The campaign in the Aleutian Islands included the only land battle on North American soil during World War II. Initially, the Aleutians, a remote chain of volcanic islands off the Alaskan peninsula, were of dubious strategic significance for American operations. However, the US considered the possibility that Japan might raid Alaska or even the US mainland.1 The American public was also concerned once the Japanese had invaded US soil, however remote their location was to the mainland. If the Japanese succeeded in the Aleutians and at Midway, its forces would create a defensive perimeter in the North and Central Pacific.2
On May 12, 1942, five Nisei graduates of the first language class at the Presidio arrived in Anchorage, Alaska, to work with the Alaska Defense Command. Led by Sergeant Yoshio Hotta, the team traveled to the Aleutians and then on to other bases in the state. Seven months later, another five would arrive, with a Caucasian language officer.
Of the 100,000 Army soldiers sent to the region by early 1943, only about ten of them could understand the Japanese language.3 The presence of the Military Intelligence Service (MIS) was therefore crucial. However, there was a limited number of graduates, so their deployment had to be planned carefully. It was not until much later, from December 1942 to January 1943, that fifteen more graduates with three Caucasian language officers were sent to the Alaska Defense Command.
On June 3, 1942, the day before the decisive naval Battle of Midway, the Japanese attacked Dutch Harbor, a small naval facility in the Aleutian Islands. Over a period of two days, 43 Americans were killed, including 33 soldiers, and another 64 wounded.4 The Japanese took over the Aleutians' westernmost island, Attu, and the island of Kiska, which was 180 miles away.
On May 11, 1943, the Americans landed on Attu Island. Meeting little resistance on the beach, the soldiers anticipated a relatively easy mission. However, they were badly mistaken. As they moved further inland, they met fierce resistance from the Japanese, who held the high ground. The frigid weather and the icy mud created harsh combat conditions.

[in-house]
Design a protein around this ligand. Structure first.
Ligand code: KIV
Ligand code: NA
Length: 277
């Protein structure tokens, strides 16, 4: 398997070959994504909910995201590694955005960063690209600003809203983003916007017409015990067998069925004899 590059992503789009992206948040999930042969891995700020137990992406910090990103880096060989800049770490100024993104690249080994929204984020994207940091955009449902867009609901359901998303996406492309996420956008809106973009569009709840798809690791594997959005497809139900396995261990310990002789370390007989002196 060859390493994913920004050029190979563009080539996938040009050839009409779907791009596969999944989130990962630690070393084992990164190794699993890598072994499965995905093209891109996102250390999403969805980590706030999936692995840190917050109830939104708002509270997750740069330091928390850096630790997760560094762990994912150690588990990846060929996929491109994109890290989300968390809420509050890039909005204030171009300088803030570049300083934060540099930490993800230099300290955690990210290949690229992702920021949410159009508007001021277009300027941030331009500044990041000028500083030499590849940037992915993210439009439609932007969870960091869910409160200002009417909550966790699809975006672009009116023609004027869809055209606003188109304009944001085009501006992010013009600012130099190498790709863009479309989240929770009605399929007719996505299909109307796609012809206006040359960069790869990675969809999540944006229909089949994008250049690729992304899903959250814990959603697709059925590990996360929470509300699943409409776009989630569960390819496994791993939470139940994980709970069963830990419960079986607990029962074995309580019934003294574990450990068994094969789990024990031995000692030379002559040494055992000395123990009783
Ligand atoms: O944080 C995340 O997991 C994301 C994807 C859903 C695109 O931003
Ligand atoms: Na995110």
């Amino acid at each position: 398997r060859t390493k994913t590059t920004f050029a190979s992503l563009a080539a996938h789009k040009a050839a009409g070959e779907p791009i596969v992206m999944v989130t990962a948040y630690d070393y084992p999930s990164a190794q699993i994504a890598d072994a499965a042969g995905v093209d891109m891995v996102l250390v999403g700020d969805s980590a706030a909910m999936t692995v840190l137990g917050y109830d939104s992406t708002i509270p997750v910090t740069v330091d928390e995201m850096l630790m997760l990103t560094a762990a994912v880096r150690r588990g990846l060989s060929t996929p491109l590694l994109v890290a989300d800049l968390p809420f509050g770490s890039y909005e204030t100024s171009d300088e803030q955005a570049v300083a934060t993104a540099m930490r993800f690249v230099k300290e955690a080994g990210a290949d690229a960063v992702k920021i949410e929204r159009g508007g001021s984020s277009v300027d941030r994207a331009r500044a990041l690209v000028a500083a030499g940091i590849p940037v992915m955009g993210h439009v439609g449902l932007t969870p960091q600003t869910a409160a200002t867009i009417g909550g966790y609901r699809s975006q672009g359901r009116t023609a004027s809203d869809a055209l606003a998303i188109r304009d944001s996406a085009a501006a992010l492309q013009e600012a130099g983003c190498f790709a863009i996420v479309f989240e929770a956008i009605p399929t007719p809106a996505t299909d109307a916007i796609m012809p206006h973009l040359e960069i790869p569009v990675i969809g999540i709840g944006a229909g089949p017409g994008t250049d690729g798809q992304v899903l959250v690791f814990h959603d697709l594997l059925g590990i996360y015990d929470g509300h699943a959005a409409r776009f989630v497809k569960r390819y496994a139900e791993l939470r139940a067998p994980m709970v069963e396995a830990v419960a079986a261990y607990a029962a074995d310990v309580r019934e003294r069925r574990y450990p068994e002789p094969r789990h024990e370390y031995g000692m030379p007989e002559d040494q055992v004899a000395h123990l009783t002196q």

After about two weeks of intense fighting, on May 29, the Americans finally recaptured Attu from the Japanese. But it was at great cost for both sides. More than 2,300 Japanese soldiers died in the battle. The Americans counted 549 dead, more than 1,100 wounded, and another 2,000 men suffering from disease and noncombat-related injuries, primarily trench foot.5
The MIS contributed to the Aleutian Islands campaign in several ways. About 16 Nisei linguists served on Attu during the battle there. They translated captured documents, monitored radio transmissions, and made leaflets to drop from airplanes. The work was intense and dangerous. Some soldiers crawled into caves where Japanese soldiers were hiding to persuade them to surrender. After Attu was retaken, MIS linguists interrogated the 28 captured Japanese POWs and translated documents on the spot.6
This group of 16 included Private Satsuki Fred Tanakatsubo, a Nisei from Sacramento, CA, who graduated from the Military Intelligence Service Language School in June 1942.7 Tanakatsubo had been assigned to kitchen and garbage duty at Fort Lewis when he was first interviewed as a potential MIS recruit. His parents were at Tule Lake when he was assigned to the 7th Infantry Division for the Attu assault.8
Another small team of MIS linguists participated in the recapture of Kiska that took place on August 15 and 16, 1943, while a separate group worked the Alaska Defense Command headquarters at Dutch Harbor. Thankfully, the recapture of Kiska was far less difficult than that of Attu. The Japanese had in fact abandoned the island more than two weeks before the American invasion, and the troops arrived to find the island deserted. Nevertheless, the men confronted other dangers in the form of booby traps left behind by the Japanese.
Despite the casualties and struggles in the Aleutians, American troops succeeded in stopping the Japanese advances and secured bases in the North Pacific for future Allied operations.
1US National Park Service, Alaska Regional Office, World War II in Alaska (Washington, DC: US Department of the Interior, 2013), p. 3, accessed on January 15, 2015, http://www.nps.gov/akso/history/PDF/WWII-Resource-Guide.pdf.
2George L. MacGarrigle, "Aleutian Islands: US Army Campaigns of World War II," US Army Center of Military History, last updated October 3, 2003, accessed on January 15, 2015, http://www.history.army.mil/brochures/aleut/aleut.htm.
3James C. McNaughton, Nisei Linguists: Japanese Americans in the Military Intelligence Service during World War II (Washington, DC: US Department of the Army, 2006), p. 166, http://www.history.army.mil/html/books/nisei_linguists/CMH_70-99-1.pdf.
6McNaughton, p. 169.
7"Satsuki Fred Tanakatsubo," DiscoverNikkei.org, accessed on January 16, 2015, http://www.discovernikkei.org/en/resources/military/13179/?view=print.
8McNaughton, pp. 55, 123.